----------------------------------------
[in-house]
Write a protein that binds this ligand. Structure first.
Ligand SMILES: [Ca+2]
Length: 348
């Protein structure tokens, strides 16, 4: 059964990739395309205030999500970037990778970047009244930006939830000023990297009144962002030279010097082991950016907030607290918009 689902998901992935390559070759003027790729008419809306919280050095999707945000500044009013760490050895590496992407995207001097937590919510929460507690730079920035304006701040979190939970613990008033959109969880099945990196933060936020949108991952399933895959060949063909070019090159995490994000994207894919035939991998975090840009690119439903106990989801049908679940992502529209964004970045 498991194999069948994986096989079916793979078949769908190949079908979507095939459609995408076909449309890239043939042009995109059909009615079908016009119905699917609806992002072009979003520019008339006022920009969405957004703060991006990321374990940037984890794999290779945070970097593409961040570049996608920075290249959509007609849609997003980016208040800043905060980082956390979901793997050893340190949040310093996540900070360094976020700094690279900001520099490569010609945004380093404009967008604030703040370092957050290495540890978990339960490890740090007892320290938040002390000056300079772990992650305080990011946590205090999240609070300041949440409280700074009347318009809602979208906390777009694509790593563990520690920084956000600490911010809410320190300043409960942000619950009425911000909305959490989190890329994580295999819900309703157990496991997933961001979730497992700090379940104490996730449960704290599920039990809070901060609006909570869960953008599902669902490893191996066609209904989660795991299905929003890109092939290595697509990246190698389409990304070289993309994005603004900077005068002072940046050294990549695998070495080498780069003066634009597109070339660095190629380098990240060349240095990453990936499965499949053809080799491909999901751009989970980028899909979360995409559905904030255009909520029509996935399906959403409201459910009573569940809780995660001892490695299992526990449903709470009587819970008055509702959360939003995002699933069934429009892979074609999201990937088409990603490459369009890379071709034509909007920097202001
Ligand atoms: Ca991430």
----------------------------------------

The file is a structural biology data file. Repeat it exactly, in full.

[in-house]
Write a protein that binds this ligand. Structure first.
Ligand SMILES: [Ca+2]
Length: 348
């Protein structure tokens, strides 16, 4: 059964990739395309205030999500970037990778970047009244930006939830000023990297009144962002030279010097082991950016907030607290918009 689902998901992935390559070759003027790729008419809306919280050095999707945000500044009013760490050895590496992407995207001097937590919510929460507690730079920035304006701040979190939970613990008033959109969880099945990196933060936020949108991952399933895959060949063909070019090159995490994000994207894919035939991998975090840009690119439903106990989801049908679940992502529209964004970045 498991194999069948994986096989079916793979078949769908190949079908979507095939459609995408076909449309890239043939042009995109059909009615079908016009119905699917609806992002072009979003520019008339006022920009969405957004703060991006990321374990940037984890794999290779945070970097593409961040570049996608920075290249959509007609849609997003980016208040800043905060980082956390979901793997050893340190949040310093996540900070360094976020700094690279900001520099490569010609945004380093404009967008604030703040370092957050290495540890978990339960490890740090007892320290938040002390000056300079772990992650305080990011946590205090999240609070300041949440409280700074009347318009809602979208906390777009694509790593563990520690920084956000600490911010809410320190300043409960942000619950009425911000909305959490989190890329994580295999819900309703157990496991997933961001979730497992700090379940104490996730449960704290599920039990809070901060609006909570869960953008599902669902490893191996066609209904989660795991299905929003890109092939290595697509990246190698389409990304070289993309994005603004900077005068002072940046050294990549695998070495080498780069003066634009597109070339660095190629380098990240060349240095990453990936499965499949053809080799491909999901751009989970980028899909979360995409559905904030255009909520029509996935399906959403409201459910009573569940809780995660001892490695299992526990449903709470009587819970008055509702959360939003995002699933069934429009892979074609999201990937088409990603490459369009890379071709034509909007920097202001
Ligand atoms: Ca991430």